Search results for: Teenagers
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The Second-Annual NCSY Convention on Informal Jewish Education - YouthCon - returns on August 19, 2012 to the Stamford Hilton in Connecticut. A year ago, YouthCon drew an audience of 600 professionals and volunteers representing 150 organizations.
Updated: Aug. 07, 2012
Jonathan Mirvis, in reflecting on the great impact of the free Taglit- Birthright trips on Jewish youth around the world, suggests that Jewish communities offer teen weekend retreats gratis, in order to re-engage tens of thousands of teens annually who are otherwise “lost” to the organized Jewish Community. He suggests that 'for the multitudes of Jewish youth who attend public schools and whose connections with fellow Jews and Judaism are scant, this could be a life changing experience.'
Updated: Jun. 18, 2012
YouthCon was created by the Orthodox Union to enable informal and experiential Jewish educators to network, inspire and learn from one another's leadership roles. YouthCon is open to educators of all backgrounds. YouthCon 2012 will be held on Sunday, August 19, 2012 at the Stamford Hilton, Stamford, CT. Last summer, more than 500 professionals and volunteers, representing more than 160 organizations that represent over 75,000 Jewish youth across the Jewish spectrum attended YouthCon 2011.
Updated: Apr. 30, 2012
Fresh Ink for Teens (FIT) is a website whose content is written for--and by--Jewish teens from around the world. FIT covers high school, politics, Israel, sports, culture, college preparation, Judaism, family matters and more through original articles and insightful essays. Creative writing and poetry are also welcome. Originally published as a printed supplement to The New York Jewish Week, Fresh Ink began more than 15 years ago and has won awards from the American Jewish Press Association.
Updated: Apr. 01, 2012
Rabbi Jonah Pesner of the Union for Reform Judaism writes about the steps that should be taken by Jewish organizations to keep Jewish youth engaged with their Judaism. Our goal should be that by the year 2020, we will have the majority of Jewish youth active in Jewish life. To achieve this, we need a massive initiative, a focused, strategic effort to ensure that we leverage the full strength and talent of every corner of the Jewish world.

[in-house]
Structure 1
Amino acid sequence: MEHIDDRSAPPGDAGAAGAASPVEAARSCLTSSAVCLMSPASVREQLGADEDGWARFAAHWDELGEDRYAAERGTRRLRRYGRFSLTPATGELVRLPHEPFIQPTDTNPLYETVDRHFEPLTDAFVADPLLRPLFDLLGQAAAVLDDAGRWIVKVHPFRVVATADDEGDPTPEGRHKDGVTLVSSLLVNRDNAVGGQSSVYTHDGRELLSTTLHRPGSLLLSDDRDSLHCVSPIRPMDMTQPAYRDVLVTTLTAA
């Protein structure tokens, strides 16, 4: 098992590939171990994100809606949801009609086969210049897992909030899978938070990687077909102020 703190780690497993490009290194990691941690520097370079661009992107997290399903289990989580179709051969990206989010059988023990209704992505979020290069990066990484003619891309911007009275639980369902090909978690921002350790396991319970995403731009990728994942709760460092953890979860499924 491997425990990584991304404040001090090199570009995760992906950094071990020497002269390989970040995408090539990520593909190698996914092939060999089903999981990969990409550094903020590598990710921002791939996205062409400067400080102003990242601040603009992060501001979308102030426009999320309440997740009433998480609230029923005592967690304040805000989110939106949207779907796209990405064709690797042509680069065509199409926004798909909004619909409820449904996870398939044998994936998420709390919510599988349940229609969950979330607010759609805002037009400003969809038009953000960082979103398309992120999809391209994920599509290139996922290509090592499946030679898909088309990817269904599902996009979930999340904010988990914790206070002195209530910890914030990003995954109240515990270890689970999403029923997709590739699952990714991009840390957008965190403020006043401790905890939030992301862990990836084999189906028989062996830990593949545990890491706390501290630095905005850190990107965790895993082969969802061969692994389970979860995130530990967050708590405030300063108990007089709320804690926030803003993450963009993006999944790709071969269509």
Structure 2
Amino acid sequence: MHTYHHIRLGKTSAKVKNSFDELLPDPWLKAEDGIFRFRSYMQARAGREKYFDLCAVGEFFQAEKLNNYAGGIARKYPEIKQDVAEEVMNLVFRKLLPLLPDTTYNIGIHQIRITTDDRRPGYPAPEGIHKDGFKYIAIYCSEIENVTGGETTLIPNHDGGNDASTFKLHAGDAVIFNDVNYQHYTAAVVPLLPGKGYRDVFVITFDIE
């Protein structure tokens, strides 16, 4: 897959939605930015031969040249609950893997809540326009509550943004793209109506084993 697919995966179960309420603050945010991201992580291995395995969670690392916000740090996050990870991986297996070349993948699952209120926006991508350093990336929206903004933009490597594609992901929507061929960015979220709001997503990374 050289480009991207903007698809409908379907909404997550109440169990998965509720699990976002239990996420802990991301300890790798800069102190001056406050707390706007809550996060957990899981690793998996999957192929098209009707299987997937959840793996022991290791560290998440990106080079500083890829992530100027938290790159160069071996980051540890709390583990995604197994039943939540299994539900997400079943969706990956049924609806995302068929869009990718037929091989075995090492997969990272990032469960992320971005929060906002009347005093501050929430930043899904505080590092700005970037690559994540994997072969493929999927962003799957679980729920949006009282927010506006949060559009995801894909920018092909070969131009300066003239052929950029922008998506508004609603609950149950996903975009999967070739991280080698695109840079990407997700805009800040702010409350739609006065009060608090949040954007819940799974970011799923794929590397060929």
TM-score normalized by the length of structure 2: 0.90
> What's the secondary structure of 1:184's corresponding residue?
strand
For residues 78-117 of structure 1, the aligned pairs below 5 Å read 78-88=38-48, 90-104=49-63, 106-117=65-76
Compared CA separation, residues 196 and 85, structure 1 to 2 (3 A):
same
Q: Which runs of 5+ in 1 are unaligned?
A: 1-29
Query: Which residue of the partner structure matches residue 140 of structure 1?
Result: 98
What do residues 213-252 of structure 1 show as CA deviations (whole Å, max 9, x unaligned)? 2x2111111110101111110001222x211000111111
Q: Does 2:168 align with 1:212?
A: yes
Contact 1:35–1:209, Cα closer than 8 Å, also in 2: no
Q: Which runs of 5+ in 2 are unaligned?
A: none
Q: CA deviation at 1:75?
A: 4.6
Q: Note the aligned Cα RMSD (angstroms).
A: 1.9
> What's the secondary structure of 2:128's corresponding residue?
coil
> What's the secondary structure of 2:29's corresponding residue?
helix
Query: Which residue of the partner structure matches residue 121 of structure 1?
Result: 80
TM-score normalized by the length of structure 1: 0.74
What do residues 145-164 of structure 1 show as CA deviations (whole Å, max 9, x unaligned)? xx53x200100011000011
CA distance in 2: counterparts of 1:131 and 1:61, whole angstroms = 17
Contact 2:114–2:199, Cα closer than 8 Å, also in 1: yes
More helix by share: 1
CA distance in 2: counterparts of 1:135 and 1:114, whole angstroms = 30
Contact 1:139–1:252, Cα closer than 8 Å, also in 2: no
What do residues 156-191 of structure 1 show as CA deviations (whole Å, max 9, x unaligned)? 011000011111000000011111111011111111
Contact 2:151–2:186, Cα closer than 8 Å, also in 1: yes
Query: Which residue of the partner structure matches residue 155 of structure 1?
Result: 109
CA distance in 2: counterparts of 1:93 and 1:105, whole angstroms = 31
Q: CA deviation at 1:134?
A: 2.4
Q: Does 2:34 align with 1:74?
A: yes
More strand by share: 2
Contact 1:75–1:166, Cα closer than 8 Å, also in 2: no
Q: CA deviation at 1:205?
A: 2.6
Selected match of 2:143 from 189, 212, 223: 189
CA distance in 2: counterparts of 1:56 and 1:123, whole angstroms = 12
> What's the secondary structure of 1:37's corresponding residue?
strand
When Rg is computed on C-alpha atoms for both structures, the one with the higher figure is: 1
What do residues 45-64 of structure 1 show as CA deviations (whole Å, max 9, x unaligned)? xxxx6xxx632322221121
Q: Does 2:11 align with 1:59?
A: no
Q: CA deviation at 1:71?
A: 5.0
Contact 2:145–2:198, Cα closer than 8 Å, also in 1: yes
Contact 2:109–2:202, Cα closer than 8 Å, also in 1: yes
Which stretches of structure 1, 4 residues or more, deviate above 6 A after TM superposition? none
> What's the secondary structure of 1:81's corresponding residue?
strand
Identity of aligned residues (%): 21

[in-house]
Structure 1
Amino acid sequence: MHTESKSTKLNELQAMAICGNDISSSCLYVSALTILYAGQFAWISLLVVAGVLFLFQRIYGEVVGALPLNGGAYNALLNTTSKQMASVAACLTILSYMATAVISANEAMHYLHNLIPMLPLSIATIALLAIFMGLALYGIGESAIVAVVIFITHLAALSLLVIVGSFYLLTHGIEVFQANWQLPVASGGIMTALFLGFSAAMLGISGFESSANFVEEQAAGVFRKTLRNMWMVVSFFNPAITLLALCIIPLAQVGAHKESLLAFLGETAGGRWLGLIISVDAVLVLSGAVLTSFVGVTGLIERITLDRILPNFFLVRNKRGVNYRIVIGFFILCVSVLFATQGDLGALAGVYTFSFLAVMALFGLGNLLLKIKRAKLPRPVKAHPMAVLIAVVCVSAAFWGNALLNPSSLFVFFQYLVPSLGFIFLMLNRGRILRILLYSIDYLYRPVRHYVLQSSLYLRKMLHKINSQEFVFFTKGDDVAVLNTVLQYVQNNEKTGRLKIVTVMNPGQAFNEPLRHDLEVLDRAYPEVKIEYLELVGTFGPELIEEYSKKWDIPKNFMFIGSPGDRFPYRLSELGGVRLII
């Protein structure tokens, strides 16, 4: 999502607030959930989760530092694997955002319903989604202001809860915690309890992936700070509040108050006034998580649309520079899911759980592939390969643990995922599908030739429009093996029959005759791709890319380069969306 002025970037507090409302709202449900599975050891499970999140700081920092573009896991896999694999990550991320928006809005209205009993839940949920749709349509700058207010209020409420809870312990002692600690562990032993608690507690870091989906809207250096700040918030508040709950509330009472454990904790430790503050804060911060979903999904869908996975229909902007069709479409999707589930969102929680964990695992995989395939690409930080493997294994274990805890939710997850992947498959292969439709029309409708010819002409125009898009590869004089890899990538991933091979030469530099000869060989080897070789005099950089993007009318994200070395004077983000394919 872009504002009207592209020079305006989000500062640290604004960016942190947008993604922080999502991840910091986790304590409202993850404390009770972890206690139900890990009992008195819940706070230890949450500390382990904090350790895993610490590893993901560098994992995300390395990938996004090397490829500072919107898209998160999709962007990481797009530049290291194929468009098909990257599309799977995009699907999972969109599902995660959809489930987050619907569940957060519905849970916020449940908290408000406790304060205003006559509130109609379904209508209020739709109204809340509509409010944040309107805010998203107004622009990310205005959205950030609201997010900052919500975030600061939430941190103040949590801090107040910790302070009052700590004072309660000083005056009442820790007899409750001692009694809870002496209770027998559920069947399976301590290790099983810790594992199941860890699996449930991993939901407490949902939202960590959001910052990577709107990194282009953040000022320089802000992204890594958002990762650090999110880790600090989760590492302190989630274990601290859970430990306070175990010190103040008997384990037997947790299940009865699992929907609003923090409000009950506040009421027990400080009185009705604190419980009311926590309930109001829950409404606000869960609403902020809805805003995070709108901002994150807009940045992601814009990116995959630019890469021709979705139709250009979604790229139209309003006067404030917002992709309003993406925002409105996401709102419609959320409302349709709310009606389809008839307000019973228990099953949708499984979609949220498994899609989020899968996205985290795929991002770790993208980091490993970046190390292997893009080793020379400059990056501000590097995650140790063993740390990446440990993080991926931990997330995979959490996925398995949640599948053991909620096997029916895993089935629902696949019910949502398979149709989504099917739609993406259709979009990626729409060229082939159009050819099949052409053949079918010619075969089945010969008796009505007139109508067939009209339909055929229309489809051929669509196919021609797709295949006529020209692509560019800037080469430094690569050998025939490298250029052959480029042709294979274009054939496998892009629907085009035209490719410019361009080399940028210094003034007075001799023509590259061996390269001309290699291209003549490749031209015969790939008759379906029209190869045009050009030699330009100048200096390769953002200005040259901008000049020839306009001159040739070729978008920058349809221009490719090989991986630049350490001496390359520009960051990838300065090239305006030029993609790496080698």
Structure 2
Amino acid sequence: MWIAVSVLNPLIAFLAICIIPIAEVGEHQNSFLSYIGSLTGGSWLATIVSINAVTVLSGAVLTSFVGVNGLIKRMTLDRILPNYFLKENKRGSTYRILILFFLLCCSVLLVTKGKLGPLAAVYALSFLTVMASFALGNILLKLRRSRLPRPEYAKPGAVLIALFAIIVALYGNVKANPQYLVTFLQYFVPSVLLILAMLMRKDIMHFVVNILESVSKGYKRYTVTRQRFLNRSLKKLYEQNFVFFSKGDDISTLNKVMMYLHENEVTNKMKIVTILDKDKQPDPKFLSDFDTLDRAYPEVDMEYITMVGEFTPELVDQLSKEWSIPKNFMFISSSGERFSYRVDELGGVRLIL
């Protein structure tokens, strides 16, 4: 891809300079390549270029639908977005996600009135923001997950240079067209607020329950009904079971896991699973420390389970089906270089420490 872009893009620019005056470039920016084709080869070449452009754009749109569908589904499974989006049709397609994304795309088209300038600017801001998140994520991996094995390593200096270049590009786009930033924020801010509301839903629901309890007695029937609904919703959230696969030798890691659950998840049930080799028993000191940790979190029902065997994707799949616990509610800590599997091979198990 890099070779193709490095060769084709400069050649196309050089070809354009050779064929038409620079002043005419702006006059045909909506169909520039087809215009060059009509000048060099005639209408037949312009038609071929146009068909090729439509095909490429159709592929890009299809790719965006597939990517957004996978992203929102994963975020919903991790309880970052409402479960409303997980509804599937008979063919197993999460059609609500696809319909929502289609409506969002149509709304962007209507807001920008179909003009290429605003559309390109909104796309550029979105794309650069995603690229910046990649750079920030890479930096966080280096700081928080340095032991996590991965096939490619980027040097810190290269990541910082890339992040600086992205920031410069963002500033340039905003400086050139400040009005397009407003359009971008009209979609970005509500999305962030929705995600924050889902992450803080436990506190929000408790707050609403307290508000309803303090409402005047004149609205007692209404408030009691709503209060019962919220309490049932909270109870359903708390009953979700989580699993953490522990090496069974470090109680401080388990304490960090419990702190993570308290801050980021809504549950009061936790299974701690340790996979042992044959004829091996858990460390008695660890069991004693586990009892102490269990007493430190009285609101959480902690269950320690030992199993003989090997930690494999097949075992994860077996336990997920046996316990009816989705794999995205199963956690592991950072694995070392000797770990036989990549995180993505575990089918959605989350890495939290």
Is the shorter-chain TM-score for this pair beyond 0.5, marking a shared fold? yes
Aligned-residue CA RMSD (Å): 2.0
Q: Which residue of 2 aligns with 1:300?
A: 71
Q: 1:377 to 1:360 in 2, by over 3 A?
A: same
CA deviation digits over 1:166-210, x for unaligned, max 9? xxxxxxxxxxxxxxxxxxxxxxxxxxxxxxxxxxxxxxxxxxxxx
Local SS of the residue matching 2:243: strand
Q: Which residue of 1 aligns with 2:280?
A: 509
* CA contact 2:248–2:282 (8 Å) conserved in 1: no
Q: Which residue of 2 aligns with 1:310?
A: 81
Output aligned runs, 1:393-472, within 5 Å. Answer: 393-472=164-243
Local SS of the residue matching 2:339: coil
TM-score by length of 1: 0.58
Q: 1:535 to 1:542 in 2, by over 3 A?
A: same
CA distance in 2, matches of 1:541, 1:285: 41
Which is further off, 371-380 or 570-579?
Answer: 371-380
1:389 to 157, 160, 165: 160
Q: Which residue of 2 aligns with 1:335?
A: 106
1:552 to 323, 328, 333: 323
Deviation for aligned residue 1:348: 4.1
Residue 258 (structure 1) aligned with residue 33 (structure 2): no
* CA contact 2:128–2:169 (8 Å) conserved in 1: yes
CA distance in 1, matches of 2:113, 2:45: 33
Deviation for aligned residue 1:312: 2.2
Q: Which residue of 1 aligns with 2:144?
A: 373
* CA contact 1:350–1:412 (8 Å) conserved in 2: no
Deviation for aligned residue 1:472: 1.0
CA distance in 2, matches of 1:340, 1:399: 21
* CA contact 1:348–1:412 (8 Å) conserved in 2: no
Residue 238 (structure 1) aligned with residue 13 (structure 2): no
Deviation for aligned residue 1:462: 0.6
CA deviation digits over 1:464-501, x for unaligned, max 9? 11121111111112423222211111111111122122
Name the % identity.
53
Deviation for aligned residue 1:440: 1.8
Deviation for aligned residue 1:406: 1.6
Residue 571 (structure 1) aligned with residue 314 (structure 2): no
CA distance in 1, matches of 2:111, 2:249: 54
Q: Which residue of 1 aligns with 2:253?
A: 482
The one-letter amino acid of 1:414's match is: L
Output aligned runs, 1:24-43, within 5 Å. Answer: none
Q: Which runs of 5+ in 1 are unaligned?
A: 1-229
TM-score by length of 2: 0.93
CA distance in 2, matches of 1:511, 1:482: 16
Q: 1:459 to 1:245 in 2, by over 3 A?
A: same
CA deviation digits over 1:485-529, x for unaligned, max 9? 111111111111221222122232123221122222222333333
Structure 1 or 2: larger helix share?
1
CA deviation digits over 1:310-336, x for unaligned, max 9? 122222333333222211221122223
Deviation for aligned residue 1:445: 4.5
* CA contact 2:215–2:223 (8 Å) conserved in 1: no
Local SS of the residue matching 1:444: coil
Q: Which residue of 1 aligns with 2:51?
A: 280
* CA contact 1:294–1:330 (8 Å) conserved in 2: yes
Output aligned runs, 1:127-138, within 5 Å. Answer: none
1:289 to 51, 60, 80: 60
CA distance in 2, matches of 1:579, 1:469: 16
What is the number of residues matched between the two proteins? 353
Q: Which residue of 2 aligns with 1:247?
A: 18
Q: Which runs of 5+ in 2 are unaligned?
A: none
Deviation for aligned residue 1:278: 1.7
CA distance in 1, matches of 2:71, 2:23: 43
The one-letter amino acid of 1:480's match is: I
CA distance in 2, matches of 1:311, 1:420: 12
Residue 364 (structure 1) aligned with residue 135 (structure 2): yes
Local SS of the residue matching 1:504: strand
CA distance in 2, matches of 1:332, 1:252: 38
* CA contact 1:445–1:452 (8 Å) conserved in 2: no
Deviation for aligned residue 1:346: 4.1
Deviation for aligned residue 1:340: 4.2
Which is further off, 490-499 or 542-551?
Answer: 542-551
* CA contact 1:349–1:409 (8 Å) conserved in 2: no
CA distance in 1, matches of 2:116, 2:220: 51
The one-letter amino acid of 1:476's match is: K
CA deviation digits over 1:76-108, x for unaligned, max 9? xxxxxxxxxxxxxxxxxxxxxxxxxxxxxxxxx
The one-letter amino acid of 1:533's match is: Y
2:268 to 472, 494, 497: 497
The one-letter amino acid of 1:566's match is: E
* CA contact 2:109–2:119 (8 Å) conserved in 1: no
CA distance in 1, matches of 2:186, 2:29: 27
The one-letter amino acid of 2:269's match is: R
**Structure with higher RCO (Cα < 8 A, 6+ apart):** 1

Updated: Mar. 29, 2012
In response to recently released studies and articles on the prevalence of “dropping out” of Jewish life of Jewish teens following the bar/bat mitzvah experience, Matt Grossman, executive director of BBYO Inc., posits that giving Jewish teens a chance to feel a part of something greater than themselves can draw them back into Jewish experiences and identity.
Updated: Jan. 31, 2012
Leonard Saxe proposes creating an exciting, attractive program which will attract teens to continue engagement with Judaism after bar/bat mitzvah age. A Jewish service corps, which culminates in a meaningful experience of service learning. Being a member of the service corps would involve a series of short intensive programs that would culminate in a two- to 12-month experience at the end of high school.
Updated: Jan. 10, 2012
Rose Youth Foundation Ten Years of Impact: Jewish Teens Engaged in Grantmaking and Leadership – Key Findings
Rose Youth Foundation (RYF) marked its first 10 years of Jewish youth engagement in 2010. To understand the impact of RYF, Rose Community Foundation commissioned an external evaluation from Formative Evaluation Research Associates (FERA). The key findings of the resulting report, “Rose Youth Foundation Ten Years of Impact: Jewish Teens Engaged in Grantmaking and Leadership,” presented in summary here, show that RYF has had a significant positive effect on its teen participants both during and after their RYF experience.
Updated: Dec. 20, 2011
The Cohen Center for Modern Jewish Studies at Brandeis University was funded by UJA-Federation of New York to carry out research to inform planning for The Experiments in Teen Engagement Task Force of UJA-Federation of New York (ETE Task Force). Engaging Jewish Teens describes Jewish teens, their everyday reality, and the factors that contribute to or detract from their engagement in Jewish life.
Updated: Nov. 29, 2011
Deborah S. Meyer of Moving Traditions writes in eJewish Philanthropy about the main points she will raise to engage Jewish leaders at The Jewish Futures Conference next week. She outlines four recommendations based on research gathered in running their single-gender programs, Rosh Hodesh: It’s a Girl Thing! and Shevet Achim: The Brotherhood.
Updated: Nov. 08, 2011